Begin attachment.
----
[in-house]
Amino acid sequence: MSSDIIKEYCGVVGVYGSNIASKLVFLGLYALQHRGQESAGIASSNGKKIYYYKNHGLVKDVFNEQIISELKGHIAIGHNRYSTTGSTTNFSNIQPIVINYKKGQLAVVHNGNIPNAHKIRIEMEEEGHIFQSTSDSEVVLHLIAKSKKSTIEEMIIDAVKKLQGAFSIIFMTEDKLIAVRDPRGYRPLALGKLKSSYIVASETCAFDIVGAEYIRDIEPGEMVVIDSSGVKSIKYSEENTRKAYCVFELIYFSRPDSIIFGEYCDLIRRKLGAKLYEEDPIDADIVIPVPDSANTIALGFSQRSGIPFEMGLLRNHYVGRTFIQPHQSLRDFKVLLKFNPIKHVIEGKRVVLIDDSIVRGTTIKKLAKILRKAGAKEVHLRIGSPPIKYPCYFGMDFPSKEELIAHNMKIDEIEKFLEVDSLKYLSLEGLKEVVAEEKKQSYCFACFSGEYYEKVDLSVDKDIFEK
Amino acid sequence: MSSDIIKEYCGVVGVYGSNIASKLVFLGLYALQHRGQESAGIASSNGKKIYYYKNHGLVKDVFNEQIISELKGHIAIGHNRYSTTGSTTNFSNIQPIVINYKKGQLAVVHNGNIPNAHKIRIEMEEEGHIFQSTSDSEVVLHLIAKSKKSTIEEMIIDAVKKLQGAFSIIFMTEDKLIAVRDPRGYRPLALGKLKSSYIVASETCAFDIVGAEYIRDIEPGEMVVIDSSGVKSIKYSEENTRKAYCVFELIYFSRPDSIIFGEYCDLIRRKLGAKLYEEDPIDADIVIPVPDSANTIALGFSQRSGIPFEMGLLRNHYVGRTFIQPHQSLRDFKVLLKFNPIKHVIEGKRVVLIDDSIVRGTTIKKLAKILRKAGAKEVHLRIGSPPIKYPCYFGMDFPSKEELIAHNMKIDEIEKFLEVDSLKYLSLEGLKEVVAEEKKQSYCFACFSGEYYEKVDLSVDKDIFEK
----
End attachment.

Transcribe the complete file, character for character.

[in-house]
Amino acid sequence: MSSDIIKEYCGVVGVYGSNIASKLVFLGLYALQHRGQESAGIASSNGKKIYYYKNHGLVKDVFNEQIISELKGHIAIGHNRYSTTGSTTNFSNIQPIVINYKKGQLAVVHNGNIPNAHKIRIEMEEEGHIFQSTSDSEVVLHLIAKSKKSTIEEMIIDAVKKLQGAFSIIFMTEDKLIAVRDPRGYRPLALGKLKSSYIVASETCAFDIVGAEYIRDIEPGEMVVIDSSGVKSIKYSEENTRKAYCVFELIYFSRPDSIIFGEYCDLIRRKLGAKLYEEDPIDADIVIPVPDSANTIALGFSQRSGIPFEMGLLRNHYVGRTFIQPHQSLRDFKVLLKFNPIKHVIEGKRVVLIDDSIVRGTTIKKLAKILRKAGAKEVHLRIGSPPIKYPCYFGMDFPSKEELIAHNMKIDEIEKFLEVDSLKYLSLEGLKEVVAEEKKQSYCFACFSGEYYEKVDLSVDKDIFEK
Amino acid sequence: MSSDIIKEYCGVVGVYGSNIASKLVFLGLYALQHRGQESAGIASSNGKKIYYYKNHGLVKDVFNEQIISELKGHIAIGHNRYSTTGSTTNFSNIQPIVINYKKGQLAVVHNGNIPNAHKIRIEMEEEGHIFQSTSDSEVVLHLIAKSKKSTIEEMIIDAVKKLQGAFSIIFMTEDKLIAVRDPRGYRPLALGKLKSSYIVASETCAFDIVGAEYIRDIEPGEMVVIDSSGVKSIKYSEENTRKAYCVFELIYFSRPDSIIFGEYCDLIRRKLGAKLYEEDPIDADIVIPVPDSANTIALGFSQRSGIPFEMGLLRNHYVGRTFIQPHQSLRDFKVLLKFNPIKHVIEGKRVVLIDDSIVRGTTIKKLAKILRKAGAKEVHLRIGSPPIKYPCYFGMDFPSKEELIAHNMKIDEIEKFLEVDSLKYLSLEGLKEVVAEEKKQSYCFACFSGEYYEKVDLSVDKDIFEK